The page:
Over the lifetime of an organism, memory T cell homeostasis ensures protection against previously encountered pathogens and is achieved, in part, by a fine balance between the death and proliferation of those cells (Murali-Krishna et al., 1999; Haas et al., 2011). This balance is largely orchestrated by the common γ-chain cytokines IL-7 (Lodolce et al., 1998; Goldrath et al., 2002), which is essential for cell survival, and IL-15, which promotes cell cycling (Vella et al., 1997; Becker et al., 2002; Tan et al., 2002). Our study establishes that in vivo preservation of effector potential during cytokine-mediated homeostasis of human memory CD8 T cells is coupled to the ability of the cell to propagate acquired DNA methylation programs to newly generated daughter cells. Moreover, these results reveal that stabilization of epigenetic programming occurs in a loci-specific manner, providing new insight into the mechanisms regulating memory T cell subset interconversion (Martin et al., 2015). Broadly, these data highlight epigenetic programming as a mechanism that memory T cells use to strike a balance between remaining adaptive to their current and future environments and retaining a history of past events.
Materials and methods
Isolation of human CD8 T cells from healthy donor blood
This study was conducted with approval from the Institutional Review Board (IRB) of St. Jude Children’s Research Hospital. PBMCs were collected through the St. Jude Blood Bank, and samples for WGBS were collected under IRB protocol XPD15-086. PBMCs were purified from a platelet-apheresis blood unit using a density gradient. In brief, blood was diluted 1:2.5 using sterile Dulbecco’s PBS (Thermo Fisher Scientific). The diluted blood was then overlayed with Ficoll-Paque PLUS medium (GE Healthcare) to a final dilution of 1:2.5 (Ficoll/diluted blood). The gradient was centrifuged at 400 g with no brake for 20 min at room temperature. The PBMC interphase layer was collected, washed with 2% FBS/1 mM EDTA PBS buffer, and centrifuged at 400 g for 5 min. Total CD8 T cells were enriched from PBMCs with the EasySep human CD8 negative-selection kit (STEMCELL Technologies). T cells were collected from the peripheral blood of bone marrow transplant patients enrolled in an IRB-approved protocol (registered at ClinicalTrials.gov, Identifier: NCT01807611). All donors provided informed consent for collection of the blood samples used for the in vivo analyses. Donor chimerism was determined using CLIA-certified VNTR analysis.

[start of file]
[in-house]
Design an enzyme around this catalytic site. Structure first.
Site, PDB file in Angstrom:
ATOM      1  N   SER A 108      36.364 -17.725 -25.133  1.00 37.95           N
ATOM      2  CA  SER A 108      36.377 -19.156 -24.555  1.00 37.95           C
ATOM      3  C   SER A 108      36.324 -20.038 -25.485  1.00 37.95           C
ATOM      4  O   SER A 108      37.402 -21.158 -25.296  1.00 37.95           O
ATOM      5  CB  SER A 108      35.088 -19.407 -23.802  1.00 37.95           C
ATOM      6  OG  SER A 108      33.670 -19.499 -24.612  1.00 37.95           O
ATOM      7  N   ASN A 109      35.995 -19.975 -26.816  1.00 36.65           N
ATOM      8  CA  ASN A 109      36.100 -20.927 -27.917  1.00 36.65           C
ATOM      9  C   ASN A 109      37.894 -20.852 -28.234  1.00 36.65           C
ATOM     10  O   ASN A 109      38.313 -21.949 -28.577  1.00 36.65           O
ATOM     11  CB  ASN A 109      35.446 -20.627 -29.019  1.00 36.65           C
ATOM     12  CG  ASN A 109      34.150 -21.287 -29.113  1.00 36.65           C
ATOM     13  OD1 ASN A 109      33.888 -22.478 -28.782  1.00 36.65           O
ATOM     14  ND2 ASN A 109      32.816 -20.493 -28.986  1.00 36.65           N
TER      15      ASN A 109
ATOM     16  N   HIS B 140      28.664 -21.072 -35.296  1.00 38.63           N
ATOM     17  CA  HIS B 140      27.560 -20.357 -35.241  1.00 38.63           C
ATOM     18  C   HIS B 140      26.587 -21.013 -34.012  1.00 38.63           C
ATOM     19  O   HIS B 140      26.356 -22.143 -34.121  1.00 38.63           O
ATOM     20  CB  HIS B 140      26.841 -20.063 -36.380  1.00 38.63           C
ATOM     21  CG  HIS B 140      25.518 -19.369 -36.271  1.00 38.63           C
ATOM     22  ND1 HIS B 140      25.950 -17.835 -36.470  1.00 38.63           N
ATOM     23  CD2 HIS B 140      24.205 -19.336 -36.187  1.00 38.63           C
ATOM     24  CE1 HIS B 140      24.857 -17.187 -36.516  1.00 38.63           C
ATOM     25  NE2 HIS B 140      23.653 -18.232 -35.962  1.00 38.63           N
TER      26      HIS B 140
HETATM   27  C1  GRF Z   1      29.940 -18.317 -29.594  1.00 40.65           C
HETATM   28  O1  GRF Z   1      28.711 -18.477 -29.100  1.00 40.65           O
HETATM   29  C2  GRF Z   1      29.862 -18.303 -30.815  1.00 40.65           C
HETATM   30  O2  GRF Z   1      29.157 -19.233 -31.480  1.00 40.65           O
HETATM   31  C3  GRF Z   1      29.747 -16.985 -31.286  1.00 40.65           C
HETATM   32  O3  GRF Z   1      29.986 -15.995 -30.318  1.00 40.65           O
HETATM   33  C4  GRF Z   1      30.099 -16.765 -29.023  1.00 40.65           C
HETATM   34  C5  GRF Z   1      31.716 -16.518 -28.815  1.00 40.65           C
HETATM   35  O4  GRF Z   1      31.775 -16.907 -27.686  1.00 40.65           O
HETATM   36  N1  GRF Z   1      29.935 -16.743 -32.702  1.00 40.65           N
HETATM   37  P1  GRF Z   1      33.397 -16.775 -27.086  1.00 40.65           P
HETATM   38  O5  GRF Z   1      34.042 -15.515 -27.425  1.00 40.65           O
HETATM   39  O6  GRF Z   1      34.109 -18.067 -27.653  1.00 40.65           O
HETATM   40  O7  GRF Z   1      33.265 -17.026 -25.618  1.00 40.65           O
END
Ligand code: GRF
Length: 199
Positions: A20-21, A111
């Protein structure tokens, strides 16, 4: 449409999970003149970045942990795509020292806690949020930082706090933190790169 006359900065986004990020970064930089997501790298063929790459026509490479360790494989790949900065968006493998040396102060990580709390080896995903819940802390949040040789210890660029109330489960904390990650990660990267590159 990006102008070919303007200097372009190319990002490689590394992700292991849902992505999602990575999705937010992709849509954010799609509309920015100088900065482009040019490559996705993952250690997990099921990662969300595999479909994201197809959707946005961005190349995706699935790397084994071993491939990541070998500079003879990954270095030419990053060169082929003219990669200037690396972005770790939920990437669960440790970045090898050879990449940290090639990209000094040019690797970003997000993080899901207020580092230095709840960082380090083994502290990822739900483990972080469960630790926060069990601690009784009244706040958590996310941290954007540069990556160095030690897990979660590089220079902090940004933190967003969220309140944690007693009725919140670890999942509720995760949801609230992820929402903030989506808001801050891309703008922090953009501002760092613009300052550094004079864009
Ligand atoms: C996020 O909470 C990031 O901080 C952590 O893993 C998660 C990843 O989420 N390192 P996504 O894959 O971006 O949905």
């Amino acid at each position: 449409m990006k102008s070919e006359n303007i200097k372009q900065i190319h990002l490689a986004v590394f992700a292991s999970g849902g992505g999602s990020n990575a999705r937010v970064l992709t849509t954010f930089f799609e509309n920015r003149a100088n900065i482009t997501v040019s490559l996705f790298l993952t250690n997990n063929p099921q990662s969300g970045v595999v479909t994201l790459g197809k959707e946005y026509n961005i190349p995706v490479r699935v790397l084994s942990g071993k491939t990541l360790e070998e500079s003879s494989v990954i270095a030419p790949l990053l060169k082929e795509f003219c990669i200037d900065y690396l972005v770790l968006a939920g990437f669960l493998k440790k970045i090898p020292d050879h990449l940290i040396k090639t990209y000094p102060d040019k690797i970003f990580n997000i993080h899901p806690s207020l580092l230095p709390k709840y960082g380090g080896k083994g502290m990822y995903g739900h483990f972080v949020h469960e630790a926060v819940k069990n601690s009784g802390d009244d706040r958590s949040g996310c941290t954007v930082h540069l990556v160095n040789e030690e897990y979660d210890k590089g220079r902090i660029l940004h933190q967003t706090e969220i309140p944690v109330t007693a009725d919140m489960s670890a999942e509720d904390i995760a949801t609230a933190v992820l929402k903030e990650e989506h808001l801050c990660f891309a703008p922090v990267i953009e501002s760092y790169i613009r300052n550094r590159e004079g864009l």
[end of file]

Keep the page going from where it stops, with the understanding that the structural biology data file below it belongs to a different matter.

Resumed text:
Isolation and flow cytometric analysis of naive and memory CD8 T cell subsets
After enrichment of CD8 T cells, naive and memory CD8 T cell subsets were sorted using the following markers, as previously described (Gattinoni et al., 2011; Lugli et al., 2013). Naive CD8 T cells were phenotyped as live CD8+, CCR7+, CD45RO−, CD45RA+, and CD95− cells. CD8 TEM cells were phenotyped as live CD8+, CCR7−, and CD45RO+ cells. CD45RA staining was included in our analysis to exclude terminally differentiated TEMRA CD8 T cells, defined as CD8+, CCR7−, CD45RO−, and CD45RA+ cells. TCM cells were phenotyped as live CD8+, CCR7+, and CD45RO+ cells. TSCM cells were phenotyped as live CD8+, CCR7+, CD45RO−, and CD95+ cells. Sorted cells were checked for purity (i.e., samples were considered pure if >90% of the cells had the desired phenotype). GzmB expression was measured in individually sorted naive or memory CD8 T cell subsets that were subsequently stimulated with human CD3/CD28 human T cell activator Dynabeads (Invitrogen) at a 1:1 ratio. After ∼18 h of incubation at 37°C and 5% CO2, cells were harvested for cell-surface staining followed by intracellular staining.
Genomic methylation analysis
DNA was extracted from the sorted cells by using a DNA-extraction kit (QIAGEN) and then bisulfite treated using an EZ DNA methylation kit (Zymo Research), which converted all unmethylated cytosines to uracils and protected the methylated cytosines from a deamination reaction. The bisulfite-modified DNA-sequencing library was generated using the EpiGnome kit (Epicentre) per the manufacturer’s instructions. Bisulfite-modified DNA libraries were sequenced using an Illumina HiSeq system. Sequencing data were aligned to the HG19 genome by using BSMAP software (Xi and Li, 2009). Differential-methylation analysis of CpG methylation among the datasets was determined with a Bayesian hierarchical model to detect regional methylation differences with at least three CpG sites (Wu et al., 2015). To perform loci-specific methylation analysis, bisulfite-modified DNA was PCR amplified with locus-specific primers. The PCR amplicon was cloned into a pGEMT easy vector (Promega) and then transformed into XL10-Gold ultracompetent bacteria (Agilent Technologies). Bacterial colonies were selected using a blue/white X-gal selection system after overnight growth, the cloning vector was then purified from individual colonies, and the genomic insert was sequenced. After bisulfite treatment, the methylated CpGs were detected as cytosines in the sequence, and unmethylated CpGs were detected as thymines in the sequence by using BISMA software (Rohde et al., 2010).
In vitro homeostatic proliferation